f. We call on you, biotechnology corporations, and governments to subject all your decisions to the criterion of the sustainability of the demands you make on Nature and natural resources. This is particularly true in agriculture, and also in energy. Agricultural interventions should strengthen ecological processes, and energy demands should be satisfied from renewable sources. Otherwise, the human species will kill ecosystems and itself.

g. To this end, both formal and informal education and awareness raising efforts should be intensified and reorientated to promote understanding and decisions for sustainability.

h. We believe that to be sustainable, agricultural and other production systems essential for human life should be as decentralized as possible, that globally common problems require local solutions globally. To this end, we demand that power also be restored to the local community, which should be responsible for all local governance. It is under these conditions that local sensitivity can be achieved; and local sensitivity is essential to address all global and local issues of sustainability and environmental management and protection.

i. We believe that trade in agricultural products and the other natural resources we obtain from Nature should be governed by laws consistent with the processes of Nature that determine Ecological farming. We know that the present WTO Agreements make it impossible to follow these natural processes. They also make the localization of sensitivities and local community-level democratic processes impossible. Therefore, we call upon national governments to either subject these WTO agreements to the laws of Nature, or, failing that, to withdraw from the WTO.

Dehra Dun, 8 October 2002

Agreed to by:
Masanobu Fukuoka, Natural Farmer, Japan
Vandana Shiva, Scientist and activist, India
Tewolde Berhan Gebre Egziabher, Environmentalist, Ethiopia
Alpana Bhartiya, Animal welfare activist, India
Beau Champ, Gardener, France
Chandran Gopalakrishnan, Farmers, India
Dhundup Tsering, Agricultural extensionist, Tibet
Dorjee Tseten, Agricultural extensionist, Tibet
Dorjee Wangchuk, Agricultural extensionist, Tibet
Dorjee, Agricultural extensionist, Tibet
Helene Oakley, Researcher, Wales
Jaideep Singh Brar, Farmer, India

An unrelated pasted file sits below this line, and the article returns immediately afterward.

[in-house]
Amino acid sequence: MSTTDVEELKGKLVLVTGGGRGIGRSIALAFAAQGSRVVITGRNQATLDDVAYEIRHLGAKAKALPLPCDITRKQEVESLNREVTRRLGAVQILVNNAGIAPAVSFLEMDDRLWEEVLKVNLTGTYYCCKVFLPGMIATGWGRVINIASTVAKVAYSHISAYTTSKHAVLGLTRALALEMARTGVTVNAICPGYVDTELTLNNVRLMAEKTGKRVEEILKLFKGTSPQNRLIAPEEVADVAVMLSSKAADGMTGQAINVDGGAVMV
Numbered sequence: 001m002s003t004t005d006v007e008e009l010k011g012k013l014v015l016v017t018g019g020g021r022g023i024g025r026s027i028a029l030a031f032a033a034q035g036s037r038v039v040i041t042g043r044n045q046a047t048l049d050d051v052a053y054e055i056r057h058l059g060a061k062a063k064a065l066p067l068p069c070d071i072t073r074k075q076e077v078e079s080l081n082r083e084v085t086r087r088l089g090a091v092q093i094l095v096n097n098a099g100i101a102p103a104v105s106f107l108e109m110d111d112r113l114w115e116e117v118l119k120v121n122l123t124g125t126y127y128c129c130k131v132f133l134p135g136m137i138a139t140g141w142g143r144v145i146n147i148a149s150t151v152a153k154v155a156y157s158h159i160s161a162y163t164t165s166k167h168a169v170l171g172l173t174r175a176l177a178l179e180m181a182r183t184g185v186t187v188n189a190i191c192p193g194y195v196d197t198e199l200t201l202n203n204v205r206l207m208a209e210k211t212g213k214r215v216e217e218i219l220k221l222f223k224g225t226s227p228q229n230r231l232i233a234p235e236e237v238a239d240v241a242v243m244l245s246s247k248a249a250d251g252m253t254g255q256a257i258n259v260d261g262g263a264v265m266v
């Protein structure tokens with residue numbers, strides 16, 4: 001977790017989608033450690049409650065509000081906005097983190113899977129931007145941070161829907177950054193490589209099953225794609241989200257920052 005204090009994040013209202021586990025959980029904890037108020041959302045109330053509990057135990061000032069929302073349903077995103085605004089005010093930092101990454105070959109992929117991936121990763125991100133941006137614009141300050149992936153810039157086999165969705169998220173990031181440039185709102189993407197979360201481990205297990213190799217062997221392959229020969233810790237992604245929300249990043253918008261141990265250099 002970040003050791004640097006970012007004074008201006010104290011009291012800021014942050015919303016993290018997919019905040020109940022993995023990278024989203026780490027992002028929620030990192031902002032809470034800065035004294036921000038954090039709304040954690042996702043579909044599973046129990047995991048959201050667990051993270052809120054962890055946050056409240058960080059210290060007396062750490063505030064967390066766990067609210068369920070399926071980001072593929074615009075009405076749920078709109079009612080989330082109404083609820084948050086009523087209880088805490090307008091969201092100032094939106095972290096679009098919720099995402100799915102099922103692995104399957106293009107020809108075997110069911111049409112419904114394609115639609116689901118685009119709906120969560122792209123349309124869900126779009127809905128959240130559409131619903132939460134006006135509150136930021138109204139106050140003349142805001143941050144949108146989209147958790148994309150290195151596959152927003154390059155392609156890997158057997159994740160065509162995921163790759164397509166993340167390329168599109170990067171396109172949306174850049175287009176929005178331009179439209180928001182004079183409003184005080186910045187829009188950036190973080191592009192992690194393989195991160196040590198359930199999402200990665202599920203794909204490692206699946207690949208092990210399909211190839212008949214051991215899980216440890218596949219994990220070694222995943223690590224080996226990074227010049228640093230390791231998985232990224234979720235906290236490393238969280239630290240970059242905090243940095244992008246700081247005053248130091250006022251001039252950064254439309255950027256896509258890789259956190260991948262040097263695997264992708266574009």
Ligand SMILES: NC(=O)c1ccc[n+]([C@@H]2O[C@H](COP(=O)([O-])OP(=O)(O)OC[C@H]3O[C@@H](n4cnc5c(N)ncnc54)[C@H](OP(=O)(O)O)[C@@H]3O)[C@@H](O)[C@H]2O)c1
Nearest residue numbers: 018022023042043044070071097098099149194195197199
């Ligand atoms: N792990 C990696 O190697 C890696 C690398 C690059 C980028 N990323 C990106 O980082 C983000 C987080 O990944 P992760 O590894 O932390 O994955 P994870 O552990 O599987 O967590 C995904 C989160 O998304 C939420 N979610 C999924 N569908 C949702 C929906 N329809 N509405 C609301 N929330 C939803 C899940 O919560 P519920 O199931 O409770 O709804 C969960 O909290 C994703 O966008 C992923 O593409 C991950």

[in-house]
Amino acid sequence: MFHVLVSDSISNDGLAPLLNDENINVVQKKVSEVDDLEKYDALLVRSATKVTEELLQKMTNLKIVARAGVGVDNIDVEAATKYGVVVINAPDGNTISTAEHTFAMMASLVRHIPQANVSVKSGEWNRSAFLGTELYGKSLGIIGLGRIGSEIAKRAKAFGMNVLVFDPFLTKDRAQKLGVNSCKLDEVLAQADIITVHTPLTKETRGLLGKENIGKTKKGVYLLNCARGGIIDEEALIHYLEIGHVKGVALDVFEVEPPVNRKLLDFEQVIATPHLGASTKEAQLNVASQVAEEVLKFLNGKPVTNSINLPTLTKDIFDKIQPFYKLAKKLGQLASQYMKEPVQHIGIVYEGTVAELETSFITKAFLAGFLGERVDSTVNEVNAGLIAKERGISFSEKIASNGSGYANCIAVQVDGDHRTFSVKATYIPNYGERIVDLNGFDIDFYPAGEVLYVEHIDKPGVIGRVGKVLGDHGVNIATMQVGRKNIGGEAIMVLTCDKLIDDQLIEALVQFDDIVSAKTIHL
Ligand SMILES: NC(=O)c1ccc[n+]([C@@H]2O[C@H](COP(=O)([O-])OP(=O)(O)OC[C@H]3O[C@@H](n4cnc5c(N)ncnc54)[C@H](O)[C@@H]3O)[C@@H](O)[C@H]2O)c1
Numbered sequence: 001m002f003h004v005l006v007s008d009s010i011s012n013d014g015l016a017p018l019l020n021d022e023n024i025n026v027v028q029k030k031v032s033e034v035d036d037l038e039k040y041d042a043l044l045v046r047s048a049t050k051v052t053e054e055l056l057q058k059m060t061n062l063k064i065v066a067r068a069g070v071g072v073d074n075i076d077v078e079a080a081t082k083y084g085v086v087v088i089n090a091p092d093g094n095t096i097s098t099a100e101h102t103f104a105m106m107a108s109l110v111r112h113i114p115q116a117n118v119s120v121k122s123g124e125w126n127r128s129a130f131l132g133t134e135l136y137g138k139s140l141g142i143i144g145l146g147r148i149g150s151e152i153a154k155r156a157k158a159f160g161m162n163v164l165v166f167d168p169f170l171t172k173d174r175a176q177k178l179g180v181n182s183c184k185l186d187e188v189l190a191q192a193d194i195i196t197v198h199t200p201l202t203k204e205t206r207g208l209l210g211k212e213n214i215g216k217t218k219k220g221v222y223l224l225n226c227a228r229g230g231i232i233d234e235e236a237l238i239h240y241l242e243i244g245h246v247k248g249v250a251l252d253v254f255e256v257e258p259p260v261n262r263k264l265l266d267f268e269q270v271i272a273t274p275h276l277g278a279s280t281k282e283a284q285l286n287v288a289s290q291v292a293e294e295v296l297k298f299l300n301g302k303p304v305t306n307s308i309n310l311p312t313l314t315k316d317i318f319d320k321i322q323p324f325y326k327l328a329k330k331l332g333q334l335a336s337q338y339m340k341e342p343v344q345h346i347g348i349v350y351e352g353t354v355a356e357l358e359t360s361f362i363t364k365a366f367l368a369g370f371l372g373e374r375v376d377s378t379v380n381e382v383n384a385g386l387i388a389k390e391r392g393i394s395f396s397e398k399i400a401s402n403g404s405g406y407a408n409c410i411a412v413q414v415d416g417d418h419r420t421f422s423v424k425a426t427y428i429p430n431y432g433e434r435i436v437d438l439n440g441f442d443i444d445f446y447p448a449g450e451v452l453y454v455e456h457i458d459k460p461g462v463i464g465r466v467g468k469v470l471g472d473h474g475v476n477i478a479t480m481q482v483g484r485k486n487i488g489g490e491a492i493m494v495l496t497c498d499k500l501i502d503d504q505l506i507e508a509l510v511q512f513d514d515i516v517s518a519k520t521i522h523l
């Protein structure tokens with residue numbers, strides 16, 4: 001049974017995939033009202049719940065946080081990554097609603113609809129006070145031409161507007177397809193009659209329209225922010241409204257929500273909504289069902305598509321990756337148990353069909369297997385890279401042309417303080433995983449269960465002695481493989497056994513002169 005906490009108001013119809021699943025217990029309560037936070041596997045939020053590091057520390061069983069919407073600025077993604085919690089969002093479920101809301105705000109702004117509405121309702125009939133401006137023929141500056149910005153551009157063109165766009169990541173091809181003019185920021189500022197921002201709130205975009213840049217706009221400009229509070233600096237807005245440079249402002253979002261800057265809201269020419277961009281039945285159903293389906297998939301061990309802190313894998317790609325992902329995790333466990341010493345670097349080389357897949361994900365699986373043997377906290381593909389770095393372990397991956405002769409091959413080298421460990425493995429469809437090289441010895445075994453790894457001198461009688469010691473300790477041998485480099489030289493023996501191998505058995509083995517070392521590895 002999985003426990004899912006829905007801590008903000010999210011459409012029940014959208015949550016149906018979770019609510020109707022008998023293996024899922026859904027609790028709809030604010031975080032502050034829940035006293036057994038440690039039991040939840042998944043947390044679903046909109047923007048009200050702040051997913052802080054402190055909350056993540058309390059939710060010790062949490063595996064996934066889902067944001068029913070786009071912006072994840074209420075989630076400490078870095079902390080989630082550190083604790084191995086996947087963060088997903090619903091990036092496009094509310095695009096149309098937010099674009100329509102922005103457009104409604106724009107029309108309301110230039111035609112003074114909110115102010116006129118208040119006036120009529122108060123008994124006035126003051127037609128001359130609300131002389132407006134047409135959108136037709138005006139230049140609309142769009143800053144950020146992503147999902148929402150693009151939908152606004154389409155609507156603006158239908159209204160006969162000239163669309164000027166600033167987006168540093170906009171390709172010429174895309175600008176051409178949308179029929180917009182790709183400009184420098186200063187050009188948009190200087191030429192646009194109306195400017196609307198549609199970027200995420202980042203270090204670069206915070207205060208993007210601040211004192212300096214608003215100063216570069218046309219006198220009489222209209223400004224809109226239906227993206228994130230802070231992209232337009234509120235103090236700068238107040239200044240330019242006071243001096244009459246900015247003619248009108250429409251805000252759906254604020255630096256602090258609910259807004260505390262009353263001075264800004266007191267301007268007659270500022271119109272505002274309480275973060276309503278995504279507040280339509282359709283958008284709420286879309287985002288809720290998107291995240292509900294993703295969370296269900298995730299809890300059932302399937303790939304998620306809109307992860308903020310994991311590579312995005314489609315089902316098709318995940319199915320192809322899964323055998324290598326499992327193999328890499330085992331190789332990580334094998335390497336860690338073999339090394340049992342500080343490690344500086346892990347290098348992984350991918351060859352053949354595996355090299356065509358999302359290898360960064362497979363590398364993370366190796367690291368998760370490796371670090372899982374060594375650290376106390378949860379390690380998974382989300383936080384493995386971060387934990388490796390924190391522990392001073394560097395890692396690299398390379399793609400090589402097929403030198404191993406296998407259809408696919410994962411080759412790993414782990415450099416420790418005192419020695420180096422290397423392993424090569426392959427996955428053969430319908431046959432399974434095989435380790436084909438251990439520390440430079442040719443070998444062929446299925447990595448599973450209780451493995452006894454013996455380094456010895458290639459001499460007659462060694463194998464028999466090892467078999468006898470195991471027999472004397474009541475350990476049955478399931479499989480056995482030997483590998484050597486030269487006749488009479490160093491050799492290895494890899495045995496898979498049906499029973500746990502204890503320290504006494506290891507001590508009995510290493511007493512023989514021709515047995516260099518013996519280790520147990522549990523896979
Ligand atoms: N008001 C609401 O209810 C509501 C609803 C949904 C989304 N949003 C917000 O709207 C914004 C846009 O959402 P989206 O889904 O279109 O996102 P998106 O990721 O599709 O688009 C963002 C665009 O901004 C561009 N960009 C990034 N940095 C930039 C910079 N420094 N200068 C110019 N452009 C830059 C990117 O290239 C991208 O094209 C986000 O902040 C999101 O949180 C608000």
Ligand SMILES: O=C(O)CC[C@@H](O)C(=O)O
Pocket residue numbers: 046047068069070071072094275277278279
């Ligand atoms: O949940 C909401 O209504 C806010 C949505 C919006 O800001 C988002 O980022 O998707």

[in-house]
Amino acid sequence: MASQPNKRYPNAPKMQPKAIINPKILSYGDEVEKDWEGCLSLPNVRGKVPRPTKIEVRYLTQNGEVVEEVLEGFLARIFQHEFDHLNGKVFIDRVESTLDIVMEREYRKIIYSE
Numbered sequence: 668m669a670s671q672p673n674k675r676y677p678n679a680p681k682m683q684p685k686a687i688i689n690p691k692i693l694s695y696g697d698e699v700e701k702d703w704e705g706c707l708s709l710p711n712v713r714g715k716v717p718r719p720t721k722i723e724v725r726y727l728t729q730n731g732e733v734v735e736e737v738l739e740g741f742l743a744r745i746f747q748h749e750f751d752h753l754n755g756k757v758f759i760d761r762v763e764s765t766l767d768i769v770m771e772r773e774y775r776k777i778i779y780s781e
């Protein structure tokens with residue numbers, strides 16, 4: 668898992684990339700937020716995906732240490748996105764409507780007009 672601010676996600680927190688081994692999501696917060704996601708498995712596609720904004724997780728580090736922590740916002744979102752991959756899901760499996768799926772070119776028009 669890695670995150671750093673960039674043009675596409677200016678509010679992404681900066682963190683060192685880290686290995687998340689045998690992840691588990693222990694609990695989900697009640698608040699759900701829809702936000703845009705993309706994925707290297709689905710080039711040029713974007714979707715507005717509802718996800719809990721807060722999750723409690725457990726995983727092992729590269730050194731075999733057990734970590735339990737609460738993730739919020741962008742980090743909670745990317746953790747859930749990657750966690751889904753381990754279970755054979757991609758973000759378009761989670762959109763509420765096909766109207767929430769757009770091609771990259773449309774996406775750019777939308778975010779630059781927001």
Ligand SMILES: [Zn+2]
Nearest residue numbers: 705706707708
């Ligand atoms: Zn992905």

Jamphell Dorjee, Agricultural extensionist, Tibet
Jamyang Tsering, Agricultural extensionist, Tibet
Johanna Asikainen, Seed saver, Finland
Jonathan Hapern, Environmentalist, Australia
Joya Roy, Sociologist, India
KM Joshi, Journalist, India
Krishna Duncan McKensie, Farmer, India
Kristi Harris, Environmentalist, United States of America
Lara Freeman, Researcher, United States of America
Lobsang, Agricultural extensionist, Tibet
Madhu Ramakrishnan, Farmer, India
Maggie Bloemhof, Educationalist, The Netherlands
Migmar Tsering, Agricultural extensionist, Tibet
N Gopalakrishnan, Farmer, India
Namgyle Tsering, Agricultural extensionist, Tibet
Naoka Yatani, Researcher, Japan
Neil Cantwell, Campaigner, England
NJ Antony, Social worker, India
Pia Pera, Author, Italy
Poorna Dwivedi, Puppeteer, India
Prodipto Roy, Sociologist, India
R Balachandran, Farmer, India
R Giri, Farmer, India
Rachna Toshniwal, Herbalist, India
Ramana Acharyulu, Manager, India
Rapten Tsering, Agricultural extensionist, Tibet
Sameer Mohan, Environmentalist, India
SK Kupposwamy, Agro-industralist, India
Sonam Gyamtso, Agricultural extensionist, Tibet
Sue Edwards, Botanist, Ethiopia
Suman Pandy, Natural resources management, India
Tenzin Damdul, Agricultural extensionist, Tibet
Thudop Dorjee, Government Official and agriculturalist, Tibet
Thupten, Agricultural extensionist, Tibet
Valentina Campos, Artist, Bolivia
Vasanth Rakasi, IT professional, India
Matt Mellen, Environmentalist, England

Tewolde & Sue
Institute for Sustainable Development
Box 171, Code 1110, Addis Ababa, Ethiopia
tel: +251-1-514580 / +251-9-200834 (mobile)
fax: +251-1-512350